The 156 death row inmates in Pennsylvania state prisons go to sleep every night the same way they wake up: in an 8-by-12 foot cell illuminated by artificial light around the clock. On weekdays, they are allowed out of their cells for a maximum of two hours to exercise in a small, enclosed space. They leave their cells thrice a week to take showers and are occasionally allowed to go to the law library. Every once in a while, a death-sentenced prisoner gets a visit with clergy or a family member – without being able to touch them. On weekends, they cannot leave their cells at all. For most of their lives, they sit alone in a suffocating cage the size of a parking space.
The American Civil Liberties Union on Thursday filed a lawsuit challenging these conditions, alleging that the Pennsylvania prison system’s mandatory solitary confinement for death-row inmates is unconstitutional, as it constitutes cruel and unusual punishment.
“The fact that, for these prisoners, solitary confinement is automatic and permanent until either the prisoner is executed, or dies of natural causes, or has his death sentence overturned is very different from the way solitary confinement is used for all other prisoners,” said David Fathi, director of the ACLU’s National Prison Project. “For all other prisoners, you earn your way in and you earn your way out. You serve your punishment, and, if you behave, you can come back to the general population.”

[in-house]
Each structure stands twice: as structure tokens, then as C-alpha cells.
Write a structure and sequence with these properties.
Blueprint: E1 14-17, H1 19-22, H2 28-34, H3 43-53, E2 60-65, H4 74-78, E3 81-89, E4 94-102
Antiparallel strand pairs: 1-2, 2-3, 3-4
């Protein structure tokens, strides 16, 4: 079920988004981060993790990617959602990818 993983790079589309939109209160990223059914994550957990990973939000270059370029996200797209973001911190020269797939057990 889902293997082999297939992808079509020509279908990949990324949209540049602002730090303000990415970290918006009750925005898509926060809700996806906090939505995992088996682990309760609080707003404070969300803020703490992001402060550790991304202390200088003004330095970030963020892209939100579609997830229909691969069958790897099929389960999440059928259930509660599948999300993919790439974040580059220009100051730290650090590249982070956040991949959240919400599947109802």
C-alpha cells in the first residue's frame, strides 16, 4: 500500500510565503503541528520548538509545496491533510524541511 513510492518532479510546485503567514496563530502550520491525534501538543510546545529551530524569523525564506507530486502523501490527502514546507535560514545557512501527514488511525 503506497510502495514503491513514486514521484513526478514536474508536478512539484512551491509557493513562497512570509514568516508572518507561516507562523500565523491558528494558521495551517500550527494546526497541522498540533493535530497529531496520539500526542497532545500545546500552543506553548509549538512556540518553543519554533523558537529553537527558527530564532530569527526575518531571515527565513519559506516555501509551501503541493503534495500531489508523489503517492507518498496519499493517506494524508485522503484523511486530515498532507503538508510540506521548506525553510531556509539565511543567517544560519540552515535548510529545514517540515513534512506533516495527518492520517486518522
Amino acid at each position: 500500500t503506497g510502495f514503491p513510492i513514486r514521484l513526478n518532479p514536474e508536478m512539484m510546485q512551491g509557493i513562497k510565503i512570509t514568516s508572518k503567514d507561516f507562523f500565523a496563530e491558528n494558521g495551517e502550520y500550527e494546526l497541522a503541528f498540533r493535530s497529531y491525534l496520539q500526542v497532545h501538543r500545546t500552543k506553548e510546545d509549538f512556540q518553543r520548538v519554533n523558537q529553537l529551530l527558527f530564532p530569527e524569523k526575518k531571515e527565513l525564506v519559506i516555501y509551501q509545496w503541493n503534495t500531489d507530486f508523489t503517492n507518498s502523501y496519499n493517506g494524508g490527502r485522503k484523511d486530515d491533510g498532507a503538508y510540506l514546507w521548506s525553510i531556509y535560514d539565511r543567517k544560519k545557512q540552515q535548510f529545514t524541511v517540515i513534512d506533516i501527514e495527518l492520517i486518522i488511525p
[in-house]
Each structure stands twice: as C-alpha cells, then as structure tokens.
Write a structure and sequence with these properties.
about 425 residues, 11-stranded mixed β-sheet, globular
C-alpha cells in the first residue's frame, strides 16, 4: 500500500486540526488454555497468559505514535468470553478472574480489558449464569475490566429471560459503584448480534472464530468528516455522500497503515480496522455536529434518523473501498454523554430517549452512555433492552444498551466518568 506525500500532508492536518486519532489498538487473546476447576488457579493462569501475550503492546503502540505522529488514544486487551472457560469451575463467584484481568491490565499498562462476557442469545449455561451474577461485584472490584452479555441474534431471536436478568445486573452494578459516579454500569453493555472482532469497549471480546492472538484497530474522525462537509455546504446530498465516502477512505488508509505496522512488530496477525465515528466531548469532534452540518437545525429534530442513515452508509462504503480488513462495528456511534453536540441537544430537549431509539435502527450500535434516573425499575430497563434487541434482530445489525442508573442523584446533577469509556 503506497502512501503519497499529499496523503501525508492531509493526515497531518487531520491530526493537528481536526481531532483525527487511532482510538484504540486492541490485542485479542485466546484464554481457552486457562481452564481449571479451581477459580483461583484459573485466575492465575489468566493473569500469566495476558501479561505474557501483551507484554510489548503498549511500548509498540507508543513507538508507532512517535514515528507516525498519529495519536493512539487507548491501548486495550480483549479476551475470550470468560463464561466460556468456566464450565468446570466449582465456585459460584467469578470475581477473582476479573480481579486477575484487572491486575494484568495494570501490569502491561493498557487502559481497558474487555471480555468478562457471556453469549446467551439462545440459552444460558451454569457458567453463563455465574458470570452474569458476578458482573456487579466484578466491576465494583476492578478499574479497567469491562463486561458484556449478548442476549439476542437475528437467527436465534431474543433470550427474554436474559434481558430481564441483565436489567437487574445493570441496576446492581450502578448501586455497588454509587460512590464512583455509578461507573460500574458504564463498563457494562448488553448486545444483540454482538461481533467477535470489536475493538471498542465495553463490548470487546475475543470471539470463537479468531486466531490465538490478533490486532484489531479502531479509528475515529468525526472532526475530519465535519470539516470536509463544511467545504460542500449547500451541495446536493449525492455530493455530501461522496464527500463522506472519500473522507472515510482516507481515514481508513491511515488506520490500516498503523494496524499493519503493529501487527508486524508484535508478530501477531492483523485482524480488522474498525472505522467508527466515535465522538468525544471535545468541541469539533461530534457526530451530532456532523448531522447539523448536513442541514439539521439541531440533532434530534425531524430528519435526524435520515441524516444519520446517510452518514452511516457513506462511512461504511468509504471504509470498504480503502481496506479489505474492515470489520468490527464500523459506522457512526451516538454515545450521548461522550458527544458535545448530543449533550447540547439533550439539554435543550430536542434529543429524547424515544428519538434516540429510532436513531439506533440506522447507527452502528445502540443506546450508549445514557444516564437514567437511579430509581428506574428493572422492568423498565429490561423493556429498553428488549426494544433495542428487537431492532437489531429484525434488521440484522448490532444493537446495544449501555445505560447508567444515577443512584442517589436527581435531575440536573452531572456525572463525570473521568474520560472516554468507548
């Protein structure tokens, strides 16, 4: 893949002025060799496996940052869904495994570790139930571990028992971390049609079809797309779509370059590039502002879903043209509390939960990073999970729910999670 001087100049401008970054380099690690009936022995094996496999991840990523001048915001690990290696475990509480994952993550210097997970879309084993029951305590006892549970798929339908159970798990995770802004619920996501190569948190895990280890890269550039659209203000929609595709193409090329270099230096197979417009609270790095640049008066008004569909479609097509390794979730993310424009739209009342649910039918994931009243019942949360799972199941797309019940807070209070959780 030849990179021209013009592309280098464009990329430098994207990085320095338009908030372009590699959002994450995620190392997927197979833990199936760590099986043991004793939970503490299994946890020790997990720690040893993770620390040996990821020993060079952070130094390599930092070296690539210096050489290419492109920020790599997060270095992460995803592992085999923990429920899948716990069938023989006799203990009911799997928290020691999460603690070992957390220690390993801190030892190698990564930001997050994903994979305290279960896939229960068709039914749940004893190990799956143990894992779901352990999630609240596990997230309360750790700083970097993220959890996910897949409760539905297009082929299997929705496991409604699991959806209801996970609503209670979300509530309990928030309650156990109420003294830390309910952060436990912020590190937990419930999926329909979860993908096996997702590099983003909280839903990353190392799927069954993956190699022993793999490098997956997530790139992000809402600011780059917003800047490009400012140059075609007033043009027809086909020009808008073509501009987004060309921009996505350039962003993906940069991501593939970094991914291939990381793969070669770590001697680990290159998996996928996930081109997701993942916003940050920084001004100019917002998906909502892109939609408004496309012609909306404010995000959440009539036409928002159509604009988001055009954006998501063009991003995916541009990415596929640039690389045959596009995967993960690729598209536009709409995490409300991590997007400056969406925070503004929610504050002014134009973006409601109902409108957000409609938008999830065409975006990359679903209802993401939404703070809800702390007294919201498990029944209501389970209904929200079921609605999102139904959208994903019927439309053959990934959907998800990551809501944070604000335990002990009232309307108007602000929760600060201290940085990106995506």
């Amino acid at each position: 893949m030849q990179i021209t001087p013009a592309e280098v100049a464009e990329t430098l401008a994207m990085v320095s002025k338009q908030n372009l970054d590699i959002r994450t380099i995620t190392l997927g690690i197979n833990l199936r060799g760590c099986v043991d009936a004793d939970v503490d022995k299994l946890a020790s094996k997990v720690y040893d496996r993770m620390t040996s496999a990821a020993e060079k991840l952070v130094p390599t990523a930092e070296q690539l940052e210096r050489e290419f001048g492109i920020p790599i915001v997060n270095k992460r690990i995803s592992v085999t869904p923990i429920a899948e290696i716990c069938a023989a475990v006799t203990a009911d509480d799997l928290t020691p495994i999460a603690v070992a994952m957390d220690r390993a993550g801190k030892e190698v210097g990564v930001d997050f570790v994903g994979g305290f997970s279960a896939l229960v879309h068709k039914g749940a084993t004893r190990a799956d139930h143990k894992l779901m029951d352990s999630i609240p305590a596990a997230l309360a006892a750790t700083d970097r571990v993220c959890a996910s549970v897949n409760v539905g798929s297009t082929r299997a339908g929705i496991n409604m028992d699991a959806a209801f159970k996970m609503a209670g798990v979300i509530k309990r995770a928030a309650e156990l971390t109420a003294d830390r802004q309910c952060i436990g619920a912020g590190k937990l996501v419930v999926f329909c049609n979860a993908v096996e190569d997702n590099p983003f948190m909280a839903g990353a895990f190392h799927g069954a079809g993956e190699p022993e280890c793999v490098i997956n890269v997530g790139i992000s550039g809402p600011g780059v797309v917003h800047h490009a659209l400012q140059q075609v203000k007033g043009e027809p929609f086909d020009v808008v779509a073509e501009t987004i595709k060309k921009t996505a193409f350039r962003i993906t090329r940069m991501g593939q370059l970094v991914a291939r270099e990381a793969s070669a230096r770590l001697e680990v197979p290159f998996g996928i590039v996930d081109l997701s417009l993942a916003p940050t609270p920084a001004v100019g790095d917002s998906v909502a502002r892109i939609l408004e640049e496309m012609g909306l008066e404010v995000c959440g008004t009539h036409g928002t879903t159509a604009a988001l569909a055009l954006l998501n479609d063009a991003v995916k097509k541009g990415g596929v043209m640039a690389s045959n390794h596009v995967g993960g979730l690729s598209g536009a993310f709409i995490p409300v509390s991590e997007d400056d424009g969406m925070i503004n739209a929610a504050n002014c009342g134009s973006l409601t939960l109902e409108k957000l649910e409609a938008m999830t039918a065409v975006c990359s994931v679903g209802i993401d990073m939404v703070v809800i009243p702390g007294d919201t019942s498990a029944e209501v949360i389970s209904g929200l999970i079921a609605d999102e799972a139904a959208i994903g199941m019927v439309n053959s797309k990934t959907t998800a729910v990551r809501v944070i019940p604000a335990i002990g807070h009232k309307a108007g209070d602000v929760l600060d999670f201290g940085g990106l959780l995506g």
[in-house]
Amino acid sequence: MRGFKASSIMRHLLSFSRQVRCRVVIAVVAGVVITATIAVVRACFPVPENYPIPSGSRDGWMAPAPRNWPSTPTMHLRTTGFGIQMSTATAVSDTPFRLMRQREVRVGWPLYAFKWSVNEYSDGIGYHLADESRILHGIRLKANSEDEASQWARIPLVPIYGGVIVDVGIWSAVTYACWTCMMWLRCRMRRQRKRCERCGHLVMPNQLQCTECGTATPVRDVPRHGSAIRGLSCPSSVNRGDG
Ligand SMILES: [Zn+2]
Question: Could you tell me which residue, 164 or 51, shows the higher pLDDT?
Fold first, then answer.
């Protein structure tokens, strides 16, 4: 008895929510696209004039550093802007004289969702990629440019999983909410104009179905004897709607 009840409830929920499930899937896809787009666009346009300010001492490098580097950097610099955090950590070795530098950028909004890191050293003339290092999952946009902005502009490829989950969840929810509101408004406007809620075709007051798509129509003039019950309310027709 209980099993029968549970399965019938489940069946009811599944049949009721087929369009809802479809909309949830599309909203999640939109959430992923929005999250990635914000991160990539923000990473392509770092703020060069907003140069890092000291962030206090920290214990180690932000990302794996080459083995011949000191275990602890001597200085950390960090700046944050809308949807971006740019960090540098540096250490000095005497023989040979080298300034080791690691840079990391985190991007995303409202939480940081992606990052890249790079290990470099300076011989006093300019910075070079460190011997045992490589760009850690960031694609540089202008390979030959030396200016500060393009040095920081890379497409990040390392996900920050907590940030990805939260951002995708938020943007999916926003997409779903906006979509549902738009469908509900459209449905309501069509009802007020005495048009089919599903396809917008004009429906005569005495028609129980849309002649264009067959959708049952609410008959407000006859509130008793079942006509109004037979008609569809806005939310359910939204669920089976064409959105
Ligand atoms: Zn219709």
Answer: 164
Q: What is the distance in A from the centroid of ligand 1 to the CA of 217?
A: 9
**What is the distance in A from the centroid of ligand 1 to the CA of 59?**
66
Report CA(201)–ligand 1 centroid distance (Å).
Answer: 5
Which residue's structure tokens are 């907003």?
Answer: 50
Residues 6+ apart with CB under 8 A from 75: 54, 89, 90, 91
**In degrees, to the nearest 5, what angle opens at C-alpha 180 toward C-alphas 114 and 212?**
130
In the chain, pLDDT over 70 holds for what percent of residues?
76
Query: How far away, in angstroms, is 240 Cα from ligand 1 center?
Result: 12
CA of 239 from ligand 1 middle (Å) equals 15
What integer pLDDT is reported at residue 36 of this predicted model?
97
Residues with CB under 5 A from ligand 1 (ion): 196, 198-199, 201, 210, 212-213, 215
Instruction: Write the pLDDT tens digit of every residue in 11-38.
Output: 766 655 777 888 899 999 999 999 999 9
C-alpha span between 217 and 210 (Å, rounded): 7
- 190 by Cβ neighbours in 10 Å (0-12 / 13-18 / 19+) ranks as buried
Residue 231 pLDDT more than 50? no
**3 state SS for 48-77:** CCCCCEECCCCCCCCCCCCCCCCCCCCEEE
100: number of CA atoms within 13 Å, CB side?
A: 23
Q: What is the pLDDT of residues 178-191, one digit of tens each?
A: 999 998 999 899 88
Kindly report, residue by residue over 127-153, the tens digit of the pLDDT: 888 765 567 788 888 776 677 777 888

The plaintiffs in the ACLU lawsuit have been held in solitary confinement between 16 and 27 years, under a Pennsylvania Department of Corrections policy that mandates solitary confinement for all prisoners with death sentences. This has been common practice in prisons across the country for a long time, Fathi noted, but “in recent years, an increasing number of states are moving away from that and treating death-sentence prisoners just like anyone else, making an individualized decision on how they’re housed.”
Plaintiffs in the lawsuit have been held in solitary confinement between 16 and 27 years.
Sixty-one percent of 2,802 death-row inmates in state prisons across the country spent more than 20 hours per day in isolation last year, according to a survey of state corrections officials by the Marshall Project. At least one state, Arizona, has since changed its policy, eliminating automatic isolation for its 118 condemned inmates. The Copper State joined California, Colorado, Louisiana, Nevada, North Carolina, Tennessee, and Virginia, all of which changed their policies in recent years to allow death-row inmates more time outside of their cells, according to the Marshall Project.
The ACLU raised the issue of mandatory and indefinite solitary confinement with the Pennsylvania Department of Corrections last year and offered proposals to modify the policy. The department rejected the suggestions in June, according to the lawsuit, and “determined to continue to administer its current capital case housing policy.” The department did not immediately return a request for comment.
Pennsylvania has executed only three prisoners since the Supreme Court’s 1976 decision in Gregg v. Georgia reinstating the death penalty; it has not executed a prisoner since 1999. Pennsylvania Gov. Tom Wolf declared a moratorium on the death penalty in 2015, yet the Department of Corrections continues to sign execution warrants.